Q: I’ve been bodybuilding for a little more than a year now, and I’m one of the most hardcore teenagers you’ll ever meet. I read all the magazines, go to local contests and have more than 20 training and contest videos. My parents are very upset because I told them I don’t want to go to college anymore. I want to be a personal trainer so I have time to eat and train for my pro card. How can I make them understand that this is what I want to do with my life?
A: There’s one generalization we can make about teenagers through the ages: Most of them don’t have realistic long-range vision. I fully understand your passion for bodybuilding and how you’re determined to center your future around it. Although I also love the sport and to a large extent base my own life around it, I have to side with your parents.
I’m not going to tell you that a pro card is an unrealistic goal. A handful of men and women out of the many thousands who compete do achieve that honor every year. One thing you need to understand is that most bodybuilders who turn pro train anywhere from seven to 15 years before they become so-called overnight successes. You see pictures of them now with their new cars and fitness-model girlfriends. What you never see are the years they struggled, sleeping on friends’ couches and taking the bus to the gym. Not all amateur bodybuilders live in poverty, but many of those who have no college education and no skills outside of lifting weights do. Venice Beach is full of wanna-be pros struggling to get by, just as nearby Hollywood is full of would-be movie stars waiting tables and parking cars.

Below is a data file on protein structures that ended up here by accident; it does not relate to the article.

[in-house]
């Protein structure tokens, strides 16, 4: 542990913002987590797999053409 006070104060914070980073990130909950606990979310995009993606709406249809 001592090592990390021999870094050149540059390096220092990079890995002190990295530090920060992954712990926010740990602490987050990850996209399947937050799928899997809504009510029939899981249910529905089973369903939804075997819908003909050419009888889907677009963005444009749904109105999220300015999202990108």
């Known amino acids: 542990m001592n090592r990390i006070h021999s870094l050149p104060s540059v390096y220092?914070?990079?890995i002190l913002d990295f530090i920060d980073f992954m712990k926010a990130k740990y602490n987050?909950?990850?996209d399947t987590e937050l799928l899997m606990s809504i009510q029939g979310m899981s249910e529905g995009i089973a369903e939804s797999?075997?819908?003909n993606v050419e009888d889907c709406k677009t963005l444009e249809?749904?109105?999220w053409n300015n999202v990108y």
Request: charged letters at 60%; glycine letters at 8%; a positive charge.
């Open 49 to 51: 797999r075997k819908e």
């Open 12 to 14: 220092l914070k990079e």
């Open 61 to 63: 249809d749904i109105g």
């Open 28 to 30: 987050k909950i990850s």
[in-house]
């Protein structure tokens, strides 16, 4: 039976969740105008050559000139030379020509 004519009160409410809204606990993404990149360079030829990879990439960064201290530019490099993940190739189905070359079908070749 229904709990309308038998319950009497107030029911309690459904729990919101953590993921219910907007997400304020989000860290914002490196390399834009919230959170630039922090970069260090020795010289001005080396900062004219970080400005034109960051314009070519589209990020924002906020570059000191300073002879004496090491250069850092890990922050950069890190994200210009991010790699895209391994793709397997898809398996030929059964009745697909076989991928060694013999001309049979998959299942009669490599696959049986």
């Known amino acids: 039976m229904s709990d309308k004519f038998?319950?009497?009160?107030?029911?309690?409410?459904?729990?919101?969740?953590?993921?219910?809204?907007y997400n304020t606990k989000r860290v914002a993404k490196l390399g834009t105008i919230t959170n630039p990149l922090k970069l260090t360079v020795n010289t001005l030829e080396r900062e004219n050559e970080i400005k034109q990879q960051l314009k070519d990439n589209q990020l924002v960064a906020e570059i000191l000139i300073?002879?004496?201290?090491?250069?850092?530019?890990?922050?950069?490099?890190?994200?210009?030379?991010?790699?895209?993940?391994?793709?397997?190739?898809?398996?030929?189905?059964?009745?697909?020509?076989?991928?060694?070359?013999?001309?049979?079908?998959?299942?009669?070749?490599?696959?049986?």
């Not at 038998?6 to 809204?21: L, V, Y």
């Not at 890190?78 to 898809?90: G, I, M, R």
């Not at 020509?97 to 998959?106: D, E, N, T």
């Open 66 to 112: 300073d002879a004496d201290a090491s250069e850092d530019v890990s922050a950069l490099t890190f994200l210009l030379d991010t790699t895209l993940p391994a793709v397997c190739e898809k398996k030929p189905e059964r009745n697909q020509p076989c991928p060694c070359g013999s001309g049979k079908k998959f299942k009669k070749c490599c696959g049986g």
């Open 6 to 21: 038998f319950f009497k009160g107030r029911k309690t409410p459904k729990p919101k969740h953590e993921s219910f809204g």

A better strategy would be to go to college and earn a degree. It can be in something bodybuilding-related, such as exercise science, physical therapy, chiropractic or nutrition. With an education you’ll be able to get a decent job that pays well. Bodybuilding’between gym memberships, exorbitant food and supplement expenses and, often, steroids (if a pro card is what you seek)’is a very expensive sport. It’s far less of a struggle when you have enough money to cover your expenses and have a little left over. Besides that, college will expose you to many other types of people and interests. You’ll see that there’s a whole wide world out there beyond muscles and flexing.
Of course you can still work out; it just won’t define your entire schedule. Don’t worry that you’re losing valuable time. Bodybuilding will always be there for you to pursue. It can certainly wait while you provide a better future for yourself. And who knows? Maybe someday you will make your living from the sport. If you believe in yourself and are willing to work hard and learn, nothing is impossible. IM